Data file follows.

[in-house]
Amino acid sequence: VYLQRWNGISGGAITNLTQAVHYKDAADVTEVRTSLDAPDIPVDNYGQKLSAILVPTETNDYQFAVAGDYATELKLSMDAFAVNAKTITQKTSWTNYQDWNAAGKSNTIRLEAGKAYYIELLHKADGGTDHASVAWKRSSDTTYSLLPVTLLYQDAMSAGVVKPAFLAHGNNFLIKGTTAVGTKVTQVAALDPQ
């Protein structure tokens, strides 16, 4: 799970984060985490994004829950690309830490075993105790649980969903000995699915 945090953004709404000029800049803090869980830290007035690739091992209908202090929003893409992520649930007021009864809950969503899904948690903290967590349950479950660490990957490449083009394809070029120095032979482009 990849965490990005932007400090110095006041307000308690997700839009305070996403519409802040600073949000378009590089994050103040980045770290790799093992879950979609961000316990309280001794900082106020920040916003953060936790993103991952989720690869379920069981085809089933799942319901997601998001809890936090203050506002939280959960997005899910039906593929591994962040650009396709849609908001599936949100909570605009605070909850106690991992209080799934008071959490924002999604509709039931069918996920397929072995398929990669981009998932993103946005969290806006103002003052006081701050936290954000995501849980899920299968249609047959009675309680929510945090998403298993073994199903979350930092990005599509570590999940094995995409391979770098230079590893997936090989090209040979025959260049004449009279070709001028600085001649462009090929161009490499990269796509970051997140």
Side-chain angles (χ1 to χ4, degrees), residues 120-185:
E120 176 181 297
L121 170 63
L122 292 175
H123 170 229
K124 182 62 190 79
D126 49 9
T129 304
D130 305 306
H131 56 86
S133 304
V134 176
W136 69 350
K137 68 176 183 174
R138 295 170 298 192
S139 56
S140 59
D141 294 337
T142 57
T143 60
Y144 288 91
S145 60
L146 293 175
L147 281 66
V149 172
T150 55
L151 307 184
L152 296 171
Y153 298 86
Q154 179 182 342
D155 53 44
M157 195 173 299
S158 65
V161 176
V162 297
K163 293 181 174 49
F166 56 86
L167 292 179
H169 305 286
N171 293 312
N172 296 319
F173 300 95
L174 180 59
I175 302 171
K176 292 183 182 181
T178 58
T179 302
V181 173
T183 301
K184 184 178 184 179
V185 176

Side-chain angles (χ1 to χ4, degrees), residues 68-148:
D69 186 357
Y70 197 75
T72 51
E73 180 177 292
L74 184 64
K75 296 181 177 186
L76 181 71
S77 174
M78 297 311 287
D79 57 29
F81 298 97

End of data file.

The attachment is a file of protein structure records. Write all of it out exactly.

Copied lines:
[in-house]
Amino acid sequence: VYLQRWNGISGGAITNLTQAVHYKDAADVTEVRTSLDAPDIPVDNYGQKLSAILVPTETNDYQFAVAGDYATELKLSMDAFAVNAKTITQKTSWTNYQDWNAAGKSNTIRLEAGKAYYIELLHKADGGTDHASVAWKRSSDTTYSLLPVTLLYQDAMSAGVVKPAFLAHGNNFLIKGTTAVGTKVTQVAALDPQ
């Protein structure tokens, strides 16, 4: 799970984060985490994004829950690309830490075993105790649980969903000995699915 945090953004709404000029800049803090869980830290007035690739091992209908202090929003893409992520649930007021009864809950969503899904948690903290967590349950479950660490990957490449083009394809070029120095032979482009 990849965490990005932007400090110095006041307000308690997700839009305070996403519409802040600073949000378009590089994050103040980045770290790799093992879950979609961000316990309280001794900082106020920040916003953060936790993103991952989720690869379920069981085809089933799942319901997601998001809890936090203050506002939280959960997005899910039906593929591994962040650009396709849609908001599936949100909570605009605070909850106690991992209080799934008071959490924002999604509709039931069918996920397929072995398929990669981009998932993103946005969290806006103002003052006081701050936290954000995501849980899920299968249609047959009675309680929510945090998403298993073994199903979350930092990005599509570590999940094995995409391979770098230079590893997936090989090209040979025959260049004449009279070709001028600085001649462009090929161009490499990269796509970051997140």
Side-chain angles (χ1 to χ4, degrees), residues 120-185:
E120 176 181 297
L121 170 63
L122 292 175
H123 170 229
K124 182 62 190 79
D126 49 9
T129 304
D130 305 306
H131 56 86
S133 304
V134 176
W136 69 350
K137 68 176 183 174
R138 295 170 298 192
S139 56
S140 59
D141 294 337
T142 57
T143 60
Y144 288 91
S145 60
L146 293 175
L147 281 66
V149 172
T150 55
L151 307 184
L152 296 171
Y153 298 86
Q154 179 182 342
D155 53 44
M157 195 173 299
S158 65
V161 176
V162 297
K163 293 181 174 49
F166 56 86
L167 292 179
H169 305 286
N171 293 312
N172 296 319
F173 300 95
L174 180 59
I175 302 171
K176 292 183 182 181
T178 58
T179 302
V181 173
T183 301
K184 184 178 184 179
V185 176

Side-chain angles (χ1 to χ4, degrees), residues 68-148:
D69 186 357
Y70 197 75
T72 51
E73 180 177 292
L74 184 64
K75 296 181 177 186
L76 181 71
S77 174
M78 297 311 287
D79 57 29
F81 298 97